TV antenna question, what do I need?

I am at a long range from TV stations, Every stations is in the purple or blue color on Antenna web (longest 2 categories, Medium directional w/pre amp and large directional w/ preamp). However using rabbit ears I can manage to pull in all the stations I want, however this requires moving the antenna into all sorts of positions in my living room, and nothing I want to keep in such positions long term and though I sometimes hit upon the magic position where everything works, that is rare and I’m not sure if it’s consistently possible.

Would it be save to assume that since I can get them with rabbit ears inside, that I should be able to pull them in better with a modest antenna outside and hoping that I would not need to go that large? In other words since the indoor rabbit ears inside is able to get the signals, outside should be a hell of a lot easier. I am hoping that I don’t need such a big monstrosity roof mounted model and can get away with a simple side/wall mounted model aimed at the broadcast sites mounted right outside my living room.


If you can get anything with rabbit ears, then a 4-bay bowtie antenna on the roof is your answer. Keep mind that most TV stations are now UHF. You should find out the real frequency (i.e. “RF channel”) of the TV stations.

Those things are great. Not all antennas are created equal, though, even if they look similar. Channel Master is one of the good ones, but there are others. I have a Channel Master 4221 4-bay and it pulls in everything I want. Just remember that these types are all UHF-only. They are not intended for legacy VHF frequencies on which some stations still broadcast ATSC digital. For VHF you need obnoxiously large conventional antennas.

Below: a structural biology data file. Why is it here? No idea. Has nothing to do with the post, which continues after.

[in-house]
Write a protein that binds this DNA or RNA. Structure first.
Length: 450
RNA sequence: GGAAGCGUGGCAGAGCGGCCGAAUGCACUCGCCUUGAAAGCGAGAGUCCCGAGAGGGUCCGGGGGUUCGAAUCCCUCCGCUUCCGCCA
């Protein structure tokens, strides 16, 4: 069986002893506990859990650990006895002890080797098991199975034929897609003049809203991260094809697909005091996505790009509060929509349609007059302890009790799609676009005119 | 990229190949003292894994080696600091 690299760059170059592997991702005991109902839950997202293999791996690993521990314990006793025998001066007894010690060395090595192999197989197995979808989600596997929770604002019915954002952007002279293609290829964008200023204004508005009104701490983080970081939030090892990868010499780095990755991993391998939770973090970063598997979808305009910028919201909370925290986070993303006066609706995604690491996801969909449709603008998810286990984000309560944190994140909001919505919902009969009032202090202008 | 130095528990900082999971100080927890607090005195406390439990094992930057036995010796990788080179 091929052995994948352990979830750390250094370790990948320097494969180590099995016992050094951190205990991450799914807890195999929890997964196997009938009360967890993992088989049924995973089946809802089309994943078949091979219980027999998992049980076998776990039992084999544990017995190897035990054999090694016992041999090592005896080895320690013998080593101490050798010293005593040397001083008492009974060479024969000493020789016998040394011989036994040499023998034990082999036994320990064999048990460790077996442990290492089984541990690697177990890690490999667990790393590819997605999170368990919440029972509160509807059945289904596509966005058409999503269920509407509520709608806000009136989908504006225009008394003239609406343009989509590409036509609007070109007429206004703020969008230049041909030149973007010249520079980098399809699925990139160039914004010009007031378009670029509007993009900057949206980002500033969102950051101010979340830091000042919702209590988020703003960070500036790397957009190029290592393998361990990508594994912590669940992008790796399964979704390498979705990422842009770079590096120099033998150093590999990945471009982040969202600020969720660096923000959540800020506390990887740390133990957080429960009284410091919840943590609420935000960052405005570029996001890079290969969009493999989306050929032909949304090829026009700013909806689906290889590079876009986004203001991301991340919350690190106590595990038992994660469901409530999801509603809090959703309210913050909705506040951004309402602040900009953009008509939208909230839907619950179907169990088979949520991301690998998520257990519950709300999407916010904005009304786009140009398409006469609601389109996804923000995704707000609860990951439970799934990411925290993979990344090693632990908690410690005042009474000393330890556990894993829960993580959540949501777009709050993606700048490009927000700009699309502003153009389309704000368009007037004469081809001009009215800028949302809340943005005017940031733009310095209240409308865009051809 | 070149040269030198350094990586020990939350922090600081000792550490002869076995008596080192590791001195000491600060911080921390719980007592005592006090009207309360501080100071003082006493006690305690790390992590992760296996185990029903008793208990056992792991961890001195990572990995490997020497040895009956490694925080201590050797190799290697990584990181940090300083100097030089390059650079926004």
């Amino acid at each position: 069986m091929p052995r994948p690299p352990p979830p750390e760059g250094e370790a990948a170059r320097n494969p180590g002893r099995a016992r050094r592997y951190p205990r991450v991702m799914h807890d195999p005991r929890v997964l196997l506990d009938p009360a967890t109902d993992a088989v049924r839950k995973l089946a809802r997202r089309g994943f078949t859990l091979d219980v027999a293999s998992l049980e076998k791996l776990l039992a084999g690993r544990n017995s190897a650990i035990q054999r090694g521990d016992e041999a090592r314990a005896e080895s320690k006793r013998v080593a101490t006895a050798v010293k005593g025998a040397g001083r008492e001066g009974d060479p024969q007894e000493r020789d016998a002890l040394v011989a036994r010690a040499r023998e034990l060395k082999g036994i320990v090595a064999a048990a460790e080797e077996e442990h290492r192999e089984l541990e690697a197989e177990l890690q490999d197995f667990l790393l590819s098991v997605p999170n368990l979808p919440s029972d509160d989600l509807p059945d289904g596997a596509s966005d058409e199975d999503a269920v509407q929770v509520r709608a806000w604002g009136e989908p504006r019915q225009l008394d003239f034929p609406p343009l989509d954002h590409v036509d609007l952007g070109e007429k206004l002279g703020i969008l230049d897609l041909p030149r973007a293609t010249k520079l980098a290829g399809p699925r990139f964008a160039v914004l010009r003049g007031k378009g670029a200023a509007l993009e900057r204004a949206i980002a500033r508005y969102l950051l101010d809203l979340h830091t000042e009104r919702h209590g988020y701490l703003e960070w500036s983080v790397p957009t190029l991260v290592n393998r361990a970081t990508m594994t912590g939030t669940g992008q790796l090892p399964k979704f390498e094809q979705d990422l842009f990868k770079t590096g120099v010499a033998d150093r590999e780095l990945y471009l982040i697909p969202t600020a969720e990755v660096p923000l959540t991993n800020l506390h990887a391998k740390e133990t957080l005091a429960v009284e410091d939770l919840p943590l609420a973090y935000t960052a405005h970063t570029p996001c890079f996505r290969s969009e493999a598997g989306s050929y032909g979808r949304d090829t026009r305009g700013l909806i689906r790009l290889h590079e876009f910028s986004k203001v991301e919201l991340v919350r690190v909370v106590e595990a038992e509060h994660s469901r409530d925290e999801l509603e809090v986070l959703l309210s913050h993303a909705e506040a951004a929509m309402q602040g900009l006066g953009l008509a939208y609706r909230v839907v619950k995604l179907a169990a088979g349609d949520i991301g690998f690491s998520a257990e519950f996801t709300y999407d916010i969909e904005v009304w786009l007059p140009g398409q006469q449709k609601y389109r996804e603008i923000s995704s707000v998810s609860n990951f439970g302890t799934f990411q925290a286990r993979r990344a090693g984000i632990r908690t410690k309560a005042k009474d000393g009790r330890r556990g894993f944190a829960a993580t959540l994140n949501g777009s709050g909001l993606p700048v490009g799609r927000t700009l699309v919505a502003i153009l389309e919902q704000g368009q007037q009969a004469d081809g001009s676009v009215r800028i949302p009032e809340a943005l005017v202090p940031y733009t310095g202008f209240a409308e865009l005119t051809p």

How far away, in miles, are the stations you are trying to reach?

Wouldn’t a digital antenna pretty much bring in all signals? Are VHF and UHF signals still a thing?

Very High Frequency and Ultra High Frequency can be old style analog or new digital.

I am rarely able to tune digital signals with an inside antenna.

There’s really no such thing as a “digital antenna”. That’s a marketing term. It generally means a UHF antenna since that what the majority of stations broadcast on today, although some still broadcast ATSC digital on VHF. But yes, UHF and VHF are very much in use today – the switch from analog NTSC to digital ATSC didn’t change that. It’s the TV tuner that’s digital, not the antenna or the carrier frequencies it receives.

Mohu has flat digital omnidirectional indoor antennas with a 65 to 75 mile range. Knowing how far away the stations are would help in our searches.

Digital TV digitizes the carrier wave.

You can use this guide to determine where television stations are according to your address or zip code.
Antennas Direct | TV Transmitter Locator and Mapping Tool